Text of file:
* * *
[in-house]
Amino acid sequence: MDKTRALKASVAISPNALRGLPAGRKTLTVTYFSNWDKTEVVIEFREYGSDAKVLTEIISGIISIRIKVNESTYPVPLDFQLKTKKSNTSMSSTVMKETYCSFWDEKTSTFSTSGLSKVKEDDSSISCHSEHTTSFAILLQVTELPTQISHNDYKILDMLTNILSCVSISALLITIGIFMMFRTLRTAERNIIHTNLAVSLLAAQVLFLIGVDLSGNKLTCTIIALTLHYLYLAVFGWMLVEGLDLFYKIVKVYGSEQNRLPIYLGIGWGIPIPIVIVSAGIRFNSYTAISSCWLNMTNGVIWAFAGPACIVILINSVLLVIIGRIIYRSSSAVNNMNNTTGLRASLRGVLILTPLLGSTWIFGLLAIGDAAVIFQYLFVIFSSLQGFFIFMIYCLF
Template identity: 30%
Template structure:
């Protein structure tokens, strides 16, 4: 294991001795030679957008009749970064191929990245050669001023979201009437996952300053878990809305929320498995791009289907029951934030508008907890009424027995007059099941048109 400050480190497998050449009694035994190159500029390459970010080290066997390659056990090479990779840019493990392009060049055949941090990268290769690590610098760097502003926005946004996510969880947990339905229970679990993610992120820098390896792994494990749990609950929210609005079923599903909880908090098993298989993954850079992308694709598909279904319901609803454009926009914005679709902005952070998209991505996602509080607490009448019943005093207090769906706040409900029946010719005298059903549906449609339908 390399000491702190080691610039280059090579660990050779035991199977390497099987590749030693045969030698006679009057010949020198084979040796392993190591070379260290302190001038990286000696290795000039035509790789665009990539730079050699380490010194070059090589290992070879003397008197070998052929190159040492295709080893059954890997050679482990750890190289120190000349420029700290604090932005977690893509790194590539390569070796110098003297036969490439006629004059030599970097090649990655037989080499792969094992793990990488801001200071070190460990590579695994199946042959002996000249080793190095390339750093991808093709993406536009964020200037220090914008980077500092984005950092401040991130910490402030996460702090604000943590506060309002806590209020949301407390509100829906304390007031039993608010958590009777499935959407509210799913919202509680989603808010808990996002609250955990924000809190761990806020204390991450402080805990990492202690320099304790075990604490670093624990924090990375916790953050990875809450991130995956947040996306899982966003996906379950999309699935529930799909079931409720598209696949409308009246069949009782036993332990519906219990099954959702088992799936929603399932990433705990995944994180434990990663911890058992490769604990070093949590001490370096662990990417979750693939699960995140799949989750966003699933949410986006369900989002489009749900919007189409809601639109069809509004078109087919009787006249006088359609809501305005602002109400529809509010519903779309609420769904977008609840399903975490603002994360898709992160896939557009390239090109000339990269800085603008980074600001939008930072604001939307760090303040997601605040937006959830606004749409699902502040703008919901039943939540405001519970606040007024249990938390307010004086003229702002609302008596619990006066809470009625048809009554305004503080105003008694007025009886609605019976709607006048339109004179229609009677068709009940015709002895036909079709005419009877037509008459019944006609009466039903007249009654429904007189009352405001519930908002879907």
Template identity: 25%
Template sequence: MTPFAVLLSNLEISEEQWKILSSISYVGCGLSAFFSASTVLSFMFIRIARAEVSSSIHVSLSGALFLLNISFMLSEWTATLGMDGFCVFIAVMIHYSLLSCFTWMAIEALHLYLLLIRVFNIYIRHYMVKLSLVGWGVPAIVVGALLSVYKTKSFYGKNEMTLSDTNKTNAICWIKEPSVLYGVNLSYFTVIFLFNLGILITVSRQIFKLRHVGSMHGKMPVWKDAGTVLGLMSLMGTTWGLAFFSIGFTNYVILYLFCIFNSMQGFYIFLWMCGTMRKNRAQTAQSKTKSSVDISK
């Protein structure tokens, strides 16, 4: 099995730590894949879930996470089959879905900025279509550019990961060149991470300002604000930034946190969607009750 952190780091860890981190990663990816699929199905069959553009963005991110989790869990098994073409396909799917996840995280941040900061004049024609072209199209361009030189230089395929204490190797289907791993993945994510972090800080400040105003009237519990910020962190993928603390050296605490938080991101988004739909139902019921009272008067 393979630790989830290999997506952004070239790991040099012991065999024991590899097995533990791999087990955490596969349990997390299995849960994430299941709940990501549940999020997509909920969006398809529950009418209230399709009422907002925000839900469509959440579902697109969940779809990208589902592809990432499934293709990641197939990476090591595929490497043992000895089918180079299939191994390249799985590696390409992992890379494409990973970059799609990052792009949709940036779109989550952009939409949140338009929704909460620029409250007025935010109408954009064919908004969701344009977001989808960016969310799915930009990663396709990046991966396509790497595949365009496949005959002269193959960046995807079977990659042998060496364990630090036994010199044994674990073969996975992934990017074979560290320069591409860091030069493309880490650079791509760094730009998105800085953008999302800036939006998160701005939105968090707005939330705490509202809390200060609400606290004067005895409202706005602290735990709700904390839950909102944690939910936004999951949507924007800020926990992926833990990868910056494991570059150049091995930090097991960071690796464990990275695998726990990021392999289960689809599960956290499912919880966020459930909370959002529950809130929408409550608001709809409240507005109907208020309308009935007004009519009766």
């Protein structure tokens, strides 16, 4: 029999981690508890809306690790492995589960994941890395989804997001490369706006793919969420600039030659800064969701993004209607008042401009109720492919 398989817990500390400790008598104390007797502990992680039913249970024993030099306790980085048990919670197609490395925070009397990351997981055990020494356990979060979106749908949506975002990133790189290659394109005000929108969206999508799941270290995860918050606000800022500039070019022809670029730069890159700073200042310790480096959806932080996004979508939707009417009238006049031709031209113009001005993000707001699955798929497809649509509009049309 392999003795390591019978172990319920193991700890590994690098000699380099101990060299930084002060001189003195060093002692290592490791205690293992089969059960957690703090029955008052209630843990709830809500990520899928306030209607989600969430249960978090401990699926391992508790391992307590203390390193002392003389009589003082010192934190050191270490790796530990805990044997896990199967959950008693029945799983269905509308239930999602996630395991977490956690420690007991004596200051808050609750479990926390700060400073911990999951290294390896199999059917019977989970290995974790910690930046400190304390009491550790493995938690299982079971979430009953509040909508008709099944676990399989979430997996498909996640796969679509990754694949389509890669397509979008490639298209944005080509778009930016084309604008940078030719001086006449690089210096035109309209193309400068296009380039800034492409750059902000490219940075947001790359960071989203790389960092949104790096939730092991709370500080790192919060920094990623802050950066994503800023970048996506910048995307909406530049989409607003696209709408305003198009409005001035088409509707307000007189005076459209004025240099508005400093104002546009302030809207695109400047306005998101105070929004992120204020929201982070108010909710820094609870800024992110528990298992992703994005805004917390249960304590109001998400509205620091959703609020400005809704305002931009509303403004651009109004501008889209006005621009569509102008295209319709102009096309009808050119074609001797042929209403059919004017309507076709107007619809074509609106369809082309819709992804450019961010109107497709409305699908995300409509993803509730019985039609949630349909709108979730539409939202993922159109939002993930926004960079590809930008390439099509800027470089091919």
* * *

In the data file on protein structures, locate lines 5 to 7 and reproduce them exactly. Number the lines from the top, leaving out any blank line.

């Protein structure tokens, strides 16, 4: 294991001795030679957008009749970064191929990245050669001023979201009437996952300053878990809305929320498995791009289907029951934030508008907890009424027995007059099941048109 400050480190497998050449009694035994190159500029390459970010080290066997390659056990090479990779840019493990392009060049055949941090990268290769690590610098760097502003926005946004996510969880947990339905229970679990993610992120820098390896792994494990749990609950929210609005079923599903909880908090098993298989993954850079992308694709598909279904319901609803454009926009914005679709902005952070998209991505996602509080607490009448019943005093207090769906706040409900029946010719005298059903549906449609339908 390399000491702190080691610039280059090579660990050779035991199977390497099987590749030693045969030698006679009057010949020198084979040796392993190591070379260290302190001038990286000696290795000039035509790789665009990539730079050699380490010194070059090589290992070879003397008197070998052929190159040492295709080893059954890997050679482990750890190289120190000349420029700290604090932005977690893509790194590539390569070796110098003297036969490439006629004059030599970097090649990655037989080499792969094992793990990488801001200071070190460990590579695994199946042959002996000249080793190095390339750093991808093709993406536009964020200037220090914008980077500092984005950092401040991130910490402030996460702090604000943590506060309002806590209020949301407390509100829906304390007031039993608010958590009777499935959407509210799913919202509680989603808010808990996002609250955990924000809190761990806020204390991450402080805990990492202690320099304790075990604490670093624990924090990375916790953050990875809450991130995956947040996306899982966003996906379950999309699935529930799909079931409720598209696949409308009246069949009782036993332990519906219990099954959702088992799936929603399932990433705990995944994180434990990663911890058992490769604990070093949590001490370096662990990417979750693939699960995140799949989750966003699933949410986006369900989002489009749900919007189409809601639109069809509004078109087919009787006249006088359609809501305005602002109400529809509010519903779309609420769904977008609840399903975490603002994360898709992160896939557009390239090109000339990269800085603008980074600001939008930072604001939307760090303040997601605040937006959830606004749409699902502040703008919901039943939540405001519970606040007024249990938390307010004086003229702002609302008596619990006066809470009625048809009554305004503080105003008694007025009886609605019976709607006048339109004179229609009677068709009940015709002895036909079709005419009877037509008459019944006609009466039903007249009654429904007189009352405001519930908002879907």
Template identity: 25%
Template sequence: MTPFAVLLSNLEISEEQWKILSSISYVGCGLSAFFSASTVLSFMFIRIARAEVSSSIHVSLSGALFLLNISFMLSEWTATLGMDGFCVFIAVMIHYSLLSCFTWMAIEALHLYLLLIRVFNIYIRHYMVKLSLVGWGVPAIVVGALLSVYKTKSFYGKNEMTLSDTNKTNAICWIKEPSVLYGVNLSYFTVIFLFNLGILITVSRQIFKLRHVGSMHGKMPVWKDAGTVLGLMSLMGTTWGLAFFSIGFTNYVILYLFCIFNSMQGFYIFLWMCGTMRKNRAQTAQSKTKSSVDISK